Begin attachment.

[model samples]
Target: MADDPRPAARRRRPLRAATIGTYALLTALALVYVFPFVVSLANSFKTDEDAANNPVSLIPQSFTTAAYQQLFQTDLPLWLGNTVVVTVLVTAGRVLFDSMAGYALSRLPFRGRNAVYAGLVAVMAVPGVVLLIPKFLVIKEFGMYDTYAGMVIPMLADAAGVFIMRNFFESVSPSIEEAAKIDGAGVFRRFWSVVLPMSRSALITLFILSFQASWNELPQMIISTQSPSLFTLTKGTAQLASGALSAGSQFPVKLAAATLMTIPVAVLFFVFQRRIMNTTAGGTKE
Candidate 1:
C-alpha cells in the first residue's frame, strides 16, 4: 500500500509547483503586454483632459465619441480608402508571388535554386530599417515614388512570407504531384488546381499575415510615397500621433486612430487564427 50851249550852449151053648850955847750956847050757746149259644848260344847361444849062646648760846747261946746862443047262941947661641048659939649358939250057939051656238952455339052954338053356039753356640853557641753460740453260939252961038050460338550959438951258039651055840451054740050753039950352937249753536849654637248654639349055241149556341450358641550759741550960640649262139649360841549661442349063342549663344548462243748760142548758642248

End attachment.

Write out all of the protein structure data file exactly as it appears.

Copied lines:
[model samples]
Target: MADDPRPAARRRRPLRAATIGTYALLTALALVYVFPFVVSLANSFKTDEDAANNPVSLIPQSFTTAAYQQLFQTDLPLWLGNTVVVTVLVTAGRVLFDSMAGYALSRLPFRGRNAVYAGLVAVMAVPGVVLLIPKFLVIKEFGMYDTYAGMVIPMLADAAGVFIMRNFFESVSPSIEEAAKIDGAGVFRRFWSVVLPMSRSALITLFILSFQASWNELPQMIISTQSPSLFTLTKGTAQLASGALSAGSQFPVKLAAATLMTIPVAVLFFVFQRRIMNTTAGGTKE
Candidate 1:
C-alpha cells in the first residue's frame, strides 16, 4: 500500500509547483503586454483632459465619441480608402508571388535554386530599417515614388512570407504531384488546381499575415510615397500621433486612430487564427 50851249550852449151053648850955847750956847050757746149259644848260344847361444849062646648760846747261946746862443047262941947661641048659939649358939250057939051656238952455339052954338053356039753356640853557641753460740453260939252961038050460338550959438951258039651055840451054740050753039950352937249753536849654637248654639349055241149556341450358641550759741550960640649262139649360841549661442349063342549663344548462243748760142548758642248